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Overview for Tom Baker
Tom Baker

Tom Baker


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Also Known As: Thomas Stewart Baker Died:
Born: January 20, 1934 Cause of Death:
Birth Place: Liverpool, UK Profession: Cast ... actor


Fans of the long-running time travel series "Doctor Who" (BBC 1963-1984, 2005- ) remember British actor Tom Baker for his lively portrayal of the title character during the 1970s. Donning a comically long wool scarf, Baker appeared as the fourth incarnation of the Doctor for seven seasons on the show, beginning in 1974 and ending in 1981. Although the Doctor went through several evolutions since the show debuted on the BBC in 1963, Baker's scarf-wearing, jelly baby-chewing version of the Doctor has long been considered the show's most popular, as well as the most recognizable. And with seven seasons under his belt, Tom Baker remained the longest-serving actor to have ever inhabited the iconic role. Of course Tom Baker had a long and varied career, appearing in dozens of films and television shows dating back to the early '60s, but his role as the Doctor remained the singular performance he was most identified with.

Born in Liverpool to working class parents in 1934, Baker never envisioned a life as an actor. In fact, at the age of 15, Baker left school to become a Catholic monk. Life as a man of the cloth was difficult, however, and Baker grew increasingly removed from his once-strong religious beliefs. Then, at the age of 21, Baker abruptly left the monkhood to pursue a more traditional path. In his early twenties he enrolled in the Royal Army Medical Corps, serving honorably from 1955 to 1957, before receiving a scholarship to attend the Rose Bruford College of Speech and Drama in Kent, England. It was there that Baker was able to fully immerse himself in the craft, while gaining even further experience performing in stage plays at play houses all across London. By the late 1960s Baker had joined the Royal National Theatre, which was then headed by Laurence Olivier, who proved instrumental in helping Baker turn his acting hobby into a lucrative profession.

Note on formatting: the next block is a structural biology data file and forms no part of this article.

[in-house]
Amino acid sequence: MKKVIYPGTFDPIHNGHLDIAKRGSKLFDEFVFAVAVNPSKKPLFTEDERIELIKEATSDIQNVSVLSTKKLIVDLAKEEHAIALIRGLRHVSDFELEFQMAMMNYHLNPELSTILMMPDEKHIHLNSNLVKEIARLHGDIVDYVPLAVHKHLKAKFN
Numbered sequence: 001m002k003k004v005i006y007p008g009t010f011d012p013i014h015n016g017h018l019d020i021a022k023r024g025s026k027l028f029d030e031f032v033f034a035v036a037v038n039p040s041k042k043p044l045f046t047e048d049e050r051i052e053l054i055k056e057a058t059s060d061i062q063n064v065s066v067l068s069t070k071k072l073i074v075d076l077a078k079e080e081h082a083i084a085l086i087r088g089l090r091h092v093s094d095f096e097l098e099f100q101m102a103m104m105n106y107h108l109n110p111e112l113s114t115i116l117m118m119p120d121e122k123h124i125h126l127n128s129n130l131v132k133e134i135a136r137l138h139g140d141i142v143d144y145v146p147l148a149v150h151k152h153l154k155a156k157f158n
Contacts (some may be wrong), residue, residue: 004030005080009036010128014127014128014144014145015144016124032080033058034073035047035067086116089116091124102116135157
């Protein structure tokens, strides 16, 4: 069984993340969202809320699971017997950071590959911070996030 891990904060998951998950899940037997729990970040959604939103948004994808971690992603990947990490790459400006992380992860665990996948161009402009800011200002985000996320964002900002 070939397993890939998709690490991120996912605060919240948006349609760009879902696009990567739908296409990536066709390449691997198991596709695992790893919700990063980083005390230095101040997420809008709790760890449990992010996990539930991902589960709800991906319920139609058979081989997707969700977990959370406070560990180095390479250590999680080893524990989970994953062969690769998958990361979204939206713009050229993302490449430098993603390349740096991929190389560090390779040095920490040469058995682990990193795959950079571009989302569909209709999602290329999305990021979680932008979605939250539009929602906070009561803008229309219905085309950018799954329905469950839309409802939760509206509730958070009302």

Baker's big break came in 1971 when he landed the role of Rasputin in the historical drama "Nicholas and Alexandra." It was Olivier's recommendation that helped secure Baker the role of the shadowy Russian mystic, and his performance in the Academy Award-nominated film would earn him the necessary exposure his fledgling career needed. His acting career gained further traction two years later when he landed a supporting part in the family adventure film "The Golden Voyage of Sinbad" (1973). As if by chance, a producer of the popular science fiction series "Doctor Who" saw the film and thought Baker would be perfect for the role of the title character. Tom Baker made his debut as the Fourth Doctor in the fall of 1974, and quickly drew legions of fans for his eccentric portrayal. By the time Baker's run on the show had ended after seven seasons in 1981, he had the esteemed privilege of being the show's longest serving doctor. Baker has long since stated that his role as Doctor Who was by far the highlight of both his life and career, and although he never played as iconic a character on screen, Baker has remained one of the most popular doctors in the show's history. Baker continued to act on television shows and in films throughout the remainder of the 1980s and '90s, even gaining a second wave of attention later in his career for his role as the Narrator in the widely popular British sketch comedy series "Little Britain" (BBC, 2003-08). In 2008 Baker reprised his role as the show's narrator on the American spinoff "Little Britain USA" (HBO 2008). That show, however, was cancelled by HBO after a single season. As a special treat for fans, a nearly 80-year-old Baker made an uncredited cameo appearance near the end of "Day of the Doctor" (2013), a 50th anniversary "Doctor Who" special that teamed Matt Smith and David Tennant prior to Smith relinquishing the iconic role to Peter Capaldi. In a separate tribute, another character in the show wore Baker's familiar long woolen scarf.

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